I am just a moderator, and a slug science guy.
Category Archives: Antibiotic resistance
Here’s an example of True Believer. Where are the True Believers more in evidence than in the land of the fruits and the nuts.
The marketing to germophobes has led to an industry of “antibacterial soaps”, despite not a single bit of evidence that (in the cast majority of cases) they do any good whatsoever. And there’s plenty of reason to be wary of them. With a new problem just identified (at least in theory)… Continue reading
I pay a little attention to 3rd world diseases, that are often mistakenly just called tropical diseases. I even see some of those disease occasionally or get public health reports of their presence in the US.
I have been practicing medicine now for 42 years and I am still using Amoxicillin, a penicillin family (called beta lactam) antibiotic, for respiratory infections in children, with great success. Amoxicillin became available in the 60s as I recall, as a better form of penicillin. I have personally prescribed a river of Amoxicillin, the pink bubble gum stuff, as the mommies say.
So why do journalists declare another “crisis” related to resistant bugs? Because that’s what journalists do and a crisis makes news.
[excerpts from FDA press release]
FDA Taking Closer Look at ‘Antibacterial’ Soap
When you’re buying soaps and body washes, do you reach for the bar or bottle labeled “antibacterial”? Are you thinking that these products, in addition to keeping you clean, will reduce your risk of getting sick or passing on germs to others?
Not necessarily, according to experts at the Food and Drug Administration (FDA).
….. Continue reading
There’s a meningitis outbreak at Princeton Univ. in NJ. There’s no US approved drug to treat this strain (“B”). But with at least seven infected students so far (and some heavy duty alumni, including the First Lady), the FDA is allowing them to bring in “Bexsera, a vaccine against N. meningitidis serogroup B only approved for use in Europe and Australia,”.
So if it’s good enough for the rest of the world, why has the FDA been dragging its feet? And the same for many, many, other drugs that other countries have deemed safe and effective?
more info from the Princeton student newspaper: http://goo.gl/Qiahtb
NO… there is still no convincing evidence that antibiotic use on the farm is a public health problem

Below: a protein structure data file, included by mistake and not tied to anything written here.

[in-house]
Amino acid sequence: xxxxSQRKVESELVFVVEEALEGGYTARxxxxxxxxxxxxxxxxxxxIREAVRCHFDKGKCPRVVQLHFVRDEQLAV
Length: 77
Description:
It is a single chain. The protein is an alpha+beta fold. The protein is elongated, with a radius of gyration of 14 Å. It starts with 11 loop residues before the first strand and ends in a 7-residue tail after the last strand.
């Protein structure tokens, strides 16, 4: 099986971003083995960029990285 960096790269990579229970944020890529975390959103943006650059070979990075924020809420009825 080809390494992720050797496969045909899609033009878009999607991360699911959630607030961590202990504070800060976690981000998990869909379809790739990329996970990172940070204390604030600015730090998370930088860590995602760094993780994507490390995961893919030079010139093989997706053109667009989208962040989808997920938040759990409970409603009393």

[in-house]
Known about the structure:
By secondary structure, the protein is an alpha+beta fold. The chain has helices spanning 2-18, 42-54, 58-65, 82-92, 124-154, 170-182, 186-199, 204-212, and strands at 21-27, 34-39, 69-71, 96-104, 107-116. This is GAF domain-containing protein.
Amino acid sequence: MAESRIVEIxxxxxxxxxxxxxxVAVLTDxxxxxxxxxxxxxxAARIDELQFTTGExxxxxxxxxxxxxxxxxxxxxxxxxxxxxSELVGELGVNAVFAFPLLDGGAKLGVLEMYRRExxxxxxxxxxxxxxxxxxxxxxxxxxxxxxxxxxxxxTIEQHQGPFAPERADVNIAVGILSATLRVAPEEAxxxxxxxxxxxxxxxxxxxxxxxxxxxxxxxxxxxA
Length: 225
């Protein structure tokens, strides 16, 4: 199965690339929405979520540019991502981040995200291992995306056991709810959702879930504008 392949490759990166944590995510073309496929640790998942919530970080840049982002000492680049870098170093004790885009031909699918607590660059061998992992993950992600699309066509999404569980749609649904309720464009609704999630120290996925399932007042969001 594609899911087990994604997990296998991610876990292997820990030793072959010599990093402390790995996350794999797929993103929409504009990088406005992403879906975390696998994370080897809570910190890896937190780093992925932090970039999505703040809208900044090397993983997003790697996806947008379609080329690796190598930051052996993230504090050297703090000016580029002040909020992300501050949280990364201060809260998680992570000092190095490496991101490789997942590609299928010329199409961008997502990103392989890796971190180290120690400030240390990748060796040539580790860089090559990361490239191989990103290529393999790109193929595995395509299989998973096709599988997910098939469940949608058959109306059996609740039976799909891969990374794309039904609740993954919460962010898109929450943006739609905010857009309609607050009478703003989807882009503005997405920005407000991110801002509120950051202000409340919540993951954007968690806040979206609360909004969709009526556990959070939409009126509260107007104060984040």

The best former FDA commission Donald Kennedy can do — after all these years of hysteria and research — is point to studies that, in the words of their authors, only “could be responsible” for, or “suggest” a link between livestock antibiotics and resistant bacteria. Continue reading
This is junk science because… Continue reading
It used to be anti-bacterial resistance. Now it’s endocrine disruption. Either way, it’s always junk science. Continue reading
A new Consumer Reports scare. Cook your turkey well and you’ll be okay. No need to panic. Continue reading
Possibly CDC could focus on solving a real public health problem instead of nannying us? Continue reading
And the greens still can’t link farm use to antibiotic resistance. Continue reading
“The increasing production and use of antibiotics, about half of which is used in animal production, is mirrored by the growing number of antibiotic resistance genes, or ARGs, effectively reducing antibiotics’ ability to fend off diseases – in animals and humans.” Continue reading
There’s no money in antibiotic development. Continue reading
Antibiotic resistant disease is at least a real threat. Continue reading
“Antibacterial agent used in common soaps found in increasing amounts in freshwater lakes.” Continue reading
Food safety | An Agriculture Canada study found enterococcus bacteria in 94 percent of poultry samples collected from Alberta grocery stores Continue reading
Over six frightening months, a deadly germ untreatable by most antibiotics spread in the nation’s leading research hospital. Pretty soon, a patient a week was catching the bug. Scientists at the National Institutes of Health locked down patients, cleaned with bleach, even ripped out plumbing — and still the germ persisted. Continue reading